WASHINGTON — Lawmakers from Nebraska and Iowa reported few signs of progress Saturday as the budget showdowns in the nation's capital continued.
Shortly after meeting with his fellow Republicans, Rep. Lee Terry of Omaha said House GOP leaders had just confirmed to members that the White House rejected their latest offer for reopening the government.
That proposal was aimed at hitting the snooze button on the crisis for six weeks, at least, and jump-starting talks over entitlement programs and taxes.
“He rejected the surrender,” Terry said of President Barack Obama. “I don't know how you deal with that. Where do you go from there?”
Lawmakers are trying to find a way to end the partial government shutdown and to raise the debt ceiling, which the country is set to hit Thursday.
A measure to extend the debt ceiling through the end of 2014 without any strings attached failed to advance Saturday in the Senate on a party line vote of 53-45. Democrats needed 60 votes to break a GOP filibuster.
Sen. Tom Harkin, D-Iowa, voted for the proposal, which Democrats said was the responsible way forward.
Taking to the Senate floor after the vote, Harkin criticized Republicans for refusing to even take up the legislation and suggested the financial markets will respond poorly to their refusal.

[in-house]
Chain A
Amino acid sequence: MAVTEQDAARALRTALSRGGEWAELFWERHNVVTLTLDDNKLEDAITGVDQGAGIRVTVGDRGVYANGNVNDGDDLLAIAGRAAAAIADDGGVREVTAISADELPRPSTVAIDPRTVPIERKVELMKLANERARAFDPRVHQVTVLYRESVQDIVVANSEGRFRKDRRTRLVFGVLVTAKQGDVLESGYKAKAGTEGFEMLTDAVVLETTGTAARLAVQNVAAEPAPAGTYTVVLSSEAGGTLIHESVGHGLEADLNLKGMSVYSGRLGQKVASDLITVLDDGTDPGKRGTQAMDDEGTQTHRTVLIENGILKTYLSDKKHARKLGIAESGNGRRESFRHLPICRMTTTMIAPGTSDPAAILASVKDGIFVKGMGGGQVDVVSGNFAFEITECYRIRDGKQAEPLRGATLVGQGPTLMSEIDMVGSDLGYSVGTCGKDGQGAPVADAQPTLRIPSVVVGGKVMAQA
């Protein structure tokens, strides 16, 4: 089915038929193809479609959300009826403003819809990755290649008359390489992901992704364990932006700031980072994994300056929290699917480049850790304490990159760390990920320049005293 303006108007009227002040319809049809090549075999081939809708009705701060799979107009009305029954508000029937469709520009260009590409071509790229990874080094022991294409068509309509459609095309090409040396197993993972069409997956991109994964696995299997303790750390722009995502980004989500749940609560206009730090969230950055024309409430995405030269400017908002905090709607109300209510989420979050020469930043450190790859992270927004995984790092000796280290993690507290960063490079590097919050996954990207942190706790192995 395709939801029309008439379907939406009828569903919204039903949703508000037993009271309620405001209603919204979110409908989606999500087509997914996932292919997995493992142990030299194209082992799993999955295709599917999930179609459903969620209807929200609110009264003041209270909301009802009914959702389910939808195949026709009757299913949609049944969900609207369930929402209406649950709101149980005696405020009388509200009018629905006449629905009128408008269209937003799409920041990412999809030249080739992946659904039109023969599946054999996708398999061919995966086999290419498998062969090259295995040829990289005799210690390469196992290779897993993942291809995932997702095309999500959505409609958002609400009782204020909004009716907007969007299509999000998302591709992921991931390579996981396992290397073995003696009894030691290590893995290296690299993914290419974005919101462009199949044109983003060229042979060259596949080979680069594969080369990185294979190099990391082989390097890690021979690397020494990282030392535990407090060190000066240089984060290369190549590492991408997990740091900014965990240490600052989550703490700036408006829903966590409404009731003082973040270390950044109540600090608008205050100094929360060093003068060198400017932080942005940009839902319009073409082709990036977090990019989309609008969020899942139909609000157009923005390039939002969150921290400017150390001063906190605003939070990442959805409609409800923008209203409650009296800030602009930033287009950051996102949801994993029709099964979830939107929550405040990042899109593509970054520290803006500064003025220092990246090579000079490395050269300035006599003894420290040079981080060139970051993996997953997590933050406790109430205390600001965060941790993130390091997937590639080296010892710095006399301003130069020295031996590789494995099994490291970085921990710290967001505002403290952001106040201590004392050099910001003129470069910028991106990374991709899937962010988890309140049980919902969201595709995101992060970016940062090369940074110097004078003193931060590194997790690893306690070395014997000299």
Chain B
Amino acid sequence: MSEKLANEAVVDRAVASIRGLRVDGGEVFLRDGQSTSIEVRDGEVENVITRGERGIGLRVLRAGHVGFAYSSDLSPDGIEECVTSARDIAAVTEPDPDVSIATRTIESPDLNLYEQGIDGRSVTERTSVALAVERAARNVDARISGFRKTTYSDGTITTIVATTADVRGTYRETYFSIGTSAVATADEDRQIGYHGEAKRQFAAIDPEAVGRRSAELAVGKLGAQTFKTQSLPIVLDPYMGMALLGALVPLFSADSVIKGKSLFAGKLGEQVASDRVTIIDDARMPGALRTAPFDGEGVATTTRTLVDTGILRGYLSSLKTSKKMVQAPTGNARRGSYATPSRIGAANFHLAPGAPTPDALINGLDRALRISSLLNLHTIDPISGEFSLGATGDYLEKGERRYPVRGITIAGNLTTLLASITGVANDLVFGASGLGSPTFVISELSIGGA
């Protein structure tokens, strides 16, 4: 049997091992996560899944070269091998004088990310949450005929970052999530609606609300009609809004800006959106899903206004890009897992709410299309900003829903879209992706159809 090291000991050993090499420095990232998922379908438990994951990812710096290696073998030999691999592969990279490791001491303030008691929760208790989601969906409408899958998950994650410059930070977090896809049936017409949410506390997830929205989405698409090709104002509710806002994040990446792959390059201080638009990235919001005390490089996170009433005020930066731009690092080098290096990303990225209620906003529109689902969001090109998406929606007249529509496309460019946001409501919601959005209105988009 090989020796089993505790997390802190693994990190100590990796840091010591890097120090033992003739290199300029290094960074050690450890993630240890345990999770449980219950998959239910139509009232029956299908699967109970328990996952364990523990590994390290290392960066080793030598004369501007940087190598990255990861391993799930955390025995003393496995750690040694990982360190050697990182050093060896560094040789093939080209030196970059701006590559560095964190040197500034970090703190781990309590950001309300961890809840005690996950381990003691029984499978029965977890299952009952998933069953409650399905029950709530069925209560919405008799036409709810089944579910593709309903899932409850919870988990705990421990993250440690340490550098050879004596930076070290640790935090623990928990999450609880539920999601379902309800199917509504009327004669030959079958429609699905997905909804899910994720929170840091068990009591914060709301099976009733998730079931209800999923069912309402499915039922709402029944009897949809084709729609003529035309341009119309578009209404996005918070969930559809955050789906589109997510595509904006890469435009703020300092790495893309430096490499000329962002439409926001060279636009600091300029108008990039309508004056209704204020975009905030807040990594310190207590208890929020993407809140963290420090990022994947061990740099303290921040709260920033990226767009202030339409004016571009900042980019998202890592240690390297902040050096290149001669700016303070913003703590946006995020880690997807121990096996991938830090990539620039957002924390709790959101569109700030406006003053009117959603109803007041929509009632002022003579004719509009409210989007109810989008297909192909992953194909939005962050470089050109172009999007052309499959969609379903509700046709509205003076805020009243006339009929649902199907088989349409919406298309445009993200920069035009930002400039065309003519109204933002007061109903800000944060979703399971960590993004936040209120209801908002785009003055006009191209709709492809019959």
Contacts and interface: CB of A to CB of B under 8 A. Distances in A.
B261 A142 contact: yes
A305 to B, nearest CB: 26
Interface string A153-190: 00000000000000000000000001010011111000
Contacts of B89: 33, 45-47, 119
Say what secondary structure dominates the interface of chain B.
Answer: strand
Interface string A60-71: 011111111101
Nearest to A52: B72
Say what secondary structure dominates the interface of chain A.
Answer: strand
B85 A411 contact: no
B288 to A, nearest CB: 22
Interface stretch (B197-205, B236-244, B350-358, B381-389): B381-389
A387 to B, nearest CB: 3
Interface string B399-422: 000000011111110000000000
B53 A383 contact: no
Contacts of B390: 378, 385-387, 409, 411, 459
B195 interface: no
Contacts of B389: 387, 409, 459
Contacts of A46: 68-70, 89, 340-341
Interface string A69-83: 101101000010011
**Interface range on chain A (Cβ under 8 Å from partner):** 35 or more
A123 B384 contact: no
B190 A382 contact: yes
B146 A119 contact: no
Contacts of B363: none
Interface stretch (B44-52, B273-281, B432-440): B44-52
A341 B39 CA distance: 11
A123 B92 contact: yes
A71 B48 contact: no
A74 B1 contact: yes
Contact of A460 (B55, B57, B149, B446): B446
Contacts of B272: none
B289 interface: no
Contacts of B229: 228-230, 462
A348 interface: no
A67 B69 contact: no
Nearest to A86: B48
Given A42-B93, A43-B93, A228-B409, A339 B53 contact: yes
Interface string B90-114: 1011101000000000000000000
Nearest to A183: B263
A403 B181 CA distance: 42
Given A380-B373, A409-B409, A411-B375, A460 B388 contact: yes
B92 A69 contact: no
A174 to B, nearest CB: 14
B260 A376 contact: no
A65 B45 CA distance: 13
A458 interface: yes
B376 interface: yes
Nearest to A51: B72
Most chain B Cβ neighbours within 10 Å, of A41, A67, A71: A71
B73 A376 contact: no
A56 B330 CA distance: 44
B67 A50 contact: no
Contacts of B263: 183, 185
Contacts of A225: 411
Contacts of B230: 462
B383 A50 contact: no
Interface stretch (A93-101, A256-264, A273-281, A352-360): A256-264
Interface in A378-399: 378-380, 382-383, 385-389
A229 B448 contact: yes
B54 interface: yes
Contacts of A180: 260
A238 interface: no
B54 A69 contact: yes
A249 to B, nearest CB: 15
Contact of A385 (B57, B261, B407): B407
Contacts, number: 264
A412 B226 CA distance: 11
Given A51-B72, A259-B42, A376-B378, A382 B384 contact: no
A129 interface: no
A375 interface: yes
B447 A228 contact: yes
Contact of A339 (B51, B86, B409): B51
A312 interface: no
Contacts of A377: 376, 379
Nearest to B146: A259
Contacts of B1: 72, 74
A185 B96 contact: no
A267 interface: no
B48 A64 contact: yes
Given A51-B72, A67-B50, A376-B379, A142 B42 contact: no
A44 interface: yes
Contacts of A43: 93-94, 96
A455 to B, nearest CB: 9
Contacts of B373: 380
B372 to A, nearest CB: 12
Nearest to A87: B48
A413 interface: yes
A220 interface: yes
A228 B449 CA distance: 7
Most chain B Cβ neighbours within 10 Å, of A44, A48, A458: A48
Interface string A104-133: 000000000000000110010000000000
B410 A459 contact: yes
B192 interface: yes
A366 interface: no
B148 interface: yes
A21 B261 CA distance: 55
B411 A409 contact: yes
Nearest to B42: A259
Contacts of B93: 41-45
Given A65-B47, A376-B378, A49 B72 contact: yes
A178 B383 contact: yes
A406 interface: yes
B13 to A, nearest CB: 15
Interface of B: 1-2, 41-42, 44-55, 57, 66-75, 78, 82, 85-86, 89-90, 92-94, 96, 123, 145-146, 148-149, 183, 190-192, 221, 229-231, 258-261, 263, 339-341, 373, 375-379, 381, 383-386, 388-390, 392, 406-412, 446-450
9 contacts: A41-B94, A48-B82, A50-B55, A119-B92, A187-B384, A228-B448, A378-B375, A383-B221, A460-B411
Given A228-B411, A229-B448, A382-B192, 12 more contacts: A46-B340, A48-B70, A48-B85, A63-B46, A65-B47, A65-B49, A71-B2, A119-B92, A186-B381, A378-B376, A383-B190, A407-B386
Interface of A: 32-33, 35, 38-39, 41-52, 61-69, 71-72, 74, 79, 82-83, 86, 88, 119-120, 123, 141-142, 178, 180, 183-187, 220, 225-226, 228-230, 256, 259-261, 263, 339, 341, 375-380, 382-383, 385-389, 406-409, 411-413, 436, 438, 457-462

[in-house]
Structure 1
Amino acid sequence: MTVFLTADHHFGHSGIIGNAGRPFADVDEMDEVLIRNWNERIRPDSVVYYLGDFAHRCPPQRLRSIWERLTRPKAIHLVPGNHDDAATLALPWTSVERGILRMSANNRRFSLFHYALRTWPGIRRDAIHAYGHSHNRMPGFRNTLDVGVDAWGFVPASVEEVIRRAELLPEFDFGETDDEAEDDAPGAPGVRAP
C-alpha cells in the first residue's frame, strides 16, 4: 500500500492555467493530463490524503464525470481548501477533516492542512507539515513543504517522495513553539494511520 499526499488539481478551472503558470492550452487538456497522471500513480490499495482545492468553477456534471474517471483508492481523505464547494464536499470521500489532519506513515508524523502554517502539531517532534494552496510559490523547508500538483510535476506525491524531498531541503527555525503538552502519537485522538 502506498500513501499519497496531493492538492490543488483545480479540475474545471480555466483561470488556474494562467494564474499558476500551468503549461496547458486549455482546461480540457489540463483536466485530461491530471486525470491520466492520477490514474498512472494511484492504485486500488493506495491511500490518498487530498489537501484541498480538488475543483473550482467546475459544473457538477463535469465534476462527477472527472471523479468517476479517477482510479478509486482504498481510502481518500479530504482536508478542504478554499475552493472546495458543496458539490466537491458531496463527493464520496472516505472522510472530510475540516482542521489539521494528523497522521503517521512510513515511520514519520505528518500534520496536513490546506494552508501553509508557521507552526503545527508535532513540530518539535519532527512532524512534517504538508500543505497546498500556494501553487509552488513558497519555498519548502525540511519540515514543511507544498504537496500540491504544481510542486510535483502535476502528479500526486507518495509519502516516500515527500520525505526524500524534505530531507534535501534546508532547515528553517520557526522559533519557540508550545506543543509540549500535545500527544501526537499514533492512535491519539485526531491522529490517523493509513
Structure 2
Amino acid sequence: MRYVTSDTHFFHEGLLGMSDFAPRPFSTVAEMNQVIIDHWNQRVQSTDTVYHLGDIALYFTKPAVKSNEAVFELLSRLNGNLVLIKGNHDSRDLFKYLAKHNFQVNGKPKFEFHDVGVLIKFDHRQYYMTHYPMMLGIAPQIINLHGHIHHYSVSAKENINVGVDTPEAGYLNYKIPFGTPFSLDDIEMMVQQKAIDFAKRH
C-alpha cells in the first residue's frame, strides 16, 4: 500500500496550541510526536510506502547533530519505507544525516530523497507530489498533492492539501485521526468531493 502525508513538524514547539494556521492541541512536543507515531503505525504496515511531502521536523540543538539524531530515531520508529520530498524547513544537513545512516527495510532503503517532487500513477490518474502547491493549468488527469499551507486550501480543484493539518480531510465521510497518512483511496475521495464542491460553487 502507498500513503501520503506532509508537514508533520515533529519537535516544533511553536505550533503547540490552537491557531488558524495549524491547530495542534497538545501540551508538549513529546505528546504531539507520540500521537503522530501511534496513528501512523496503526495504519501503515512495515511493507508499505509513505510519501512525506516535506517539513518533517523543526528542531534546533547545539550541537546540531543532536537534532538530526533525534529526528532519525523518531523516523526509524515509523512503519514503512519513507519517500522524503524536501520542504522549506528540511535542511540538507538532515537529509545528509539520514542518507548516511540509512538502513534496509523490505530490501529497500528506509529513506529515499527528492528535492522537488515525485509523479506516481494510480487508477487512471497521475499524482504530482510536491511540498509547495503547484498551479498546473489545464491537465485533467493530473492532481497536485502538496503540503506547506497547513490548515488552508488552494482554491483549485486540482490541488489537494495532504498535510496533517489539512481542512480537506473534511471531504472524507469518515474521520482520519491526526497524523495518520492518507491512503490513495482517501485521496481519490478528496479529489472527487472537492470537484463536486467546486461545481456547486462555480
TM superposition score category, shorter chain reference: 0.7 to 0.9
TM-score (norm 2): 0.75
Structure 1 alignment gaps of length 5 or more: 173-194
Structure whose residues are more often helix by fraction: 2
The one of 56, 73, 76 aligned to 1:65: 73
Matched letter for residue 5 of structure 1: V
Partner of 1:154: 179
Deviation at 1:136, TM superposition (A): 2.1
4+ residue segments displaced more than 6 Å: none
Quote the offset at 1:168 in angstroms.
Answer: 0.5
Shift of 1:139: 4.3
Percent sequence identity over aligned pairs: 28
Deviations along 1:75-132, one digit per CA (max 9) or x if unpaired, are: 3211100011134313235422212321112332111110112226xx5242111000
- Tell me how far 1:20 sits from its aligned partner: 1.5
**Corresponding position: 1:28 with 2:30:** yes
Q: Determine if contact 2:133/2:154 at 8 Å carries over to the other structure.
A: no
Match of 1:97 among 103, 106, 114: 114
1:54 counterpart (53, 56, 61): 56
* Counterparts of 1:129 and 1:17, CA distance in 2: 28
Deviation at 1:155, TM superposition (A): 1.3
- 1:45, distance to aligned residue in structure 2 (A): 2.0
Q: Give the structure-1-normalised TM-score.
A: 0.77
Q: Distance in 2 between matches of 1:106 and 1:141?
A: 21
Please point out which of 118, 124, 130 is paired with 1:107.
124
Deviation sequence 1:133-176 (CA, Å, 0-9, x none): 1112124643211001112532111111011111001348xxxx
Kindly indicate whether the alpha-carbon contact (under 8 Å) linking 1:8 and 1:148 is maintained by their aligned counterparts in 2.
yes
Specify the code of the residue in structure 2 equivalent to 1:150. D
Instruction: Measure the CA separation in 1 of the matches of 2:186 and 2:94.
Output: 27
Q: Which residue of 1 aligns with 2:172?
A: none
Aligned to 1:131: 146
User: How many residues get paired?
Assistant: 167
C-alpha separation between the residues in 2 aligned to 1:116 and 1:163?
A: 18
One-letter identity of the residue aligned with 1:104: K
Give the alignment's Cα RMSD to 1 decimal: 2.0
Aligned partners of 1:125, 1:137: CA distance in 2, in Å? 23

“It begs credulity,” Harkin said. “I am incredulous at this.”
Sens. Deb Fischer and Mike Johanns, both of Nebraska, and Chuck Grassley of Iowa joined their fellow Republicans in blocking the legislation.
“Sen. Reid's proposal to give this administration a blank check to increase our debt, with no limits and no strings attached beyond the 2014 elections, is nearly laughable and certainly irresponsible,” Johanns said in a statement.
“I believe it is important to pay our debts and also important to ensure we don't pass mountains of debt on to our children.”
Johanns later added that “it's important that discussions continue'' to resolve the dispute.
Some lawmakers saw promise in the news that Senate Majority Leader Harry Reid, D-Nev., and Minority Leader Mitch McConnell, R-Ky., had at least started direct talks on a way to resolve the situation.
“As long as Reid and McConnell are talking, there's some hope,” Grassley said.